by Dr. Laura Bloxham
“I’ll want to hear,” Samuel said. “I eat stories like grapes.”
–John Steinbeck, East of Eden
I’ve eaten a bunch of grapes so far this summer. For my somewhat structured reading, a couple of reading groups, I’ve read two notable stories. Actually, I’m still reading one of them, Steinbeck’s East of Eden, with the group of young women, now in their mid-twenties, who are meeting for the fifth summer. We read big books, usually, classics often. East of Eden is full of biblical parallels to chew on, commentary on the growth of the West, progress, depth and surprises, plus good old narrative pull.
For the Kick Ass Women Readers, who read kick ass women authors who write about kick ass women characters, I read Helene Tursten’s Detective Inspector Huss, a mystery with a main character who is a European judo champ, a police detective, a wife, and mother. There are conflicts all over the place, including with the men in her department, as well as the bad guys.
Jenny Brown, in the Kick Ass group, recommended, no, forced me to read one of her favorites, John Crowley’s The Translator. Now it is one of my favorites. A young female student finding her way meets a Russian poet on registration day of her first year in college. But there’s more to both of their stories. And lots of good poetry, thoughts about translation, the power of words, not to say about politics, including the Cuban Missile Crisis. A gripping journey for the characters and the reader.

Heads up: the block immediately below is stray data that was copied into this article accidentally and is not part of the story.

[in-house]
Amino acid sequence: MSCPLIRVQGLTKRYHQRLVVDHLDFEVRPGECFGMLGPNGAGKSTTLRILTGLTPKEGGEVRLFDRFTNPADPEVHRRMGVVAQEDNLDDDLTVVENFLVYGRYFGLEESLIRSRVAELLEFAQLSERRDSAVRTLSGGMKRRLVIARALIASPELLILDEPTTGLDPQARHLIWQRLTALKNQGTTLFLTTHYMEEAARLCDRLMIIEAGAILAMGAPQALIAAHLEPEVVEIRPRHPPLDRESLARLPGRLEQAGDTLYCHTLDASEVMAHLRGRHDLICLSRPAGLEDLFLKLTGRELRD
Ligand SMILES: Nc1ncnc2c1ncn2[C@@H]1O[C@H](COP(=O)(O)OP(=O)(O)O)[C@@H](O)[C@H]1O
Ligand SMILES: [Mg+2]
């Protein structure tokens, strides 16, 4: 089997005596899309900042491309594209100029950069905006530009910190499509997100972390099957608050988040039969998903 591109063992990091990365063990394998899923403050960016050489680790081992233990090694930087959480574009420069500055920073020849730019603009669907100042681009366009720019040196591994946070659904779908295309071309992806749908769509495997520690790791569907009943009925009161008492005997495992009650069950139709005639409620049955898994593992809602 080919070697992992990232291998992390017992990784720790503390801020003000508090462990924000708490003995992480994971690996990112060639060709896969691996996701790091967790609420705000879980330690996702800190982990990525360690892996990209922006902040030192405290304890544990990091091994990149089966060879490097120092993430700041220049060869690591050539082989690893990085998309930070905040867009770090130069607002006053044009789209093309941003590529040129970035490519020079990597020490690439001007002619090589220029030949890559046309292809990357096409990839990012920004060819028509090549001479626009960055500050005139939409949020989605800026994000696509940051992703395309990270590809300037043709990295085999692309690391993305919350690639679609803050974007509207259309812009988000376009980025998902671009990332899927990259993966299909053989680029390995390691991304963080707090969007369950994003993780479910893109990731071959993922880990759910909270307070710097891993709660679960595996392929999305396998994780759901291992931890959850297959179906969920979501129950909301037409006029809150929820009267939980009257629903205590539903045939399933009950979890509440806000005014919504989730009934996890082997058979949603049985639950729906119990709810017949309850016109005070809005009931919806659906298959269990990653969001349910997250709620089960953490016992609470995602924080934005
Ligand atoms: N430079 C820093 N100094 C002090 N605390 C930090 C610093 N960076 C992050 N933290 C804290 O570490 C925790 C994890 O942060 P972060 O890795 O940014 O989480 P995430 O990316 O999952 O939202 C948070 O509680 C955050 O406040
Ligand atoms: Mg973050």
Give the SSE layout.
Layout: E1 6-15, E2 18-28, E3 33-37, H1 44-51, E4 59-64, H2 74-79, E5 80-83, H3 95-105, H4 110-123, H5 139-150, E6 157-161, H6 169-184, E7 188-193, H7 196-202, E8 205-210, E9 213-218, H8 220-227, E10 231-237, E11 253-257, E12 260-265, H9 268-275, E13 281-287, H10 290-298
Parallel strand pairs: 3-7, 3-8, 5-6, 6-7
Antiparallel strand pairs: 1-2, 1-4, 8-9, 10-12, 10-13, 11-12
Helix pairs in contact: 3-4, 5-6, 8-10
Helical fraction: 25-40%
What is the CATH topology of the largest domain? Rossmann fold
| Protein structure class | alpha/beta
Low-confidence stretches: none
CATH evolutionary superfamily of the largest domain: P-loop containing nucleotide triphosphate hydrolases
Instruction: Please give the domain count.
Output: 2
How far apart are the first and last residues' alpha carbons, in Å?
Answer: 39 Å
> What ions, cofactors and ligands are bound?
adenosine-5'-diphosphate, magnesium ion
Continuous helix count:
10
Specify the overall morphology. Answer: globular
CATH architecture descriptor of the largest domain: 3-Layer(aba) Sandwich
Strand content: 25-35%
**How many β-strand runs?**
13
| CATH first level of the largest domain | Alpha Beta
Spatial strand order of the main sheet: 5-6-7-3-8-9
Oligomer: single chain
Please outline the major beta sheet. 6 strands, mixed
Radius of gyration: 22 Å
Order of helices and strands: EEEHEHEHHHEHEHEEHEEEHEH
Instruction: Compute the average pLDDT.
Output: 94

The best of the rest of the grapes is Michel Quint’s tiny novella, In Our Strange Gardens. It’s an extremely poignant Holocaust story that Vic Bobb passed on to me. And now I’ve passed it on.
Laura Bloxham is a Seattle native who grew up in the Seattle Public Library, where she spent the Saturdays of her youth — those Saturdays, anyway, when she was not watching Mickey Mantle and Roger Maris on the Game of the Week. Laura has her undergraduate degree from Whitworth, and her M.A. and Ph.D. degrees from Washington State University. She has become a generalist in the 19th and 20th centuries, focusing on British, American, and some world literature. Her current favorite courses are Modern World Literature, British Romantics, Southern Writers, Jane Austen, and Holocaust Literature. Laura facilitates a murder-mystery study group that includes Whitworth faculty and administrators.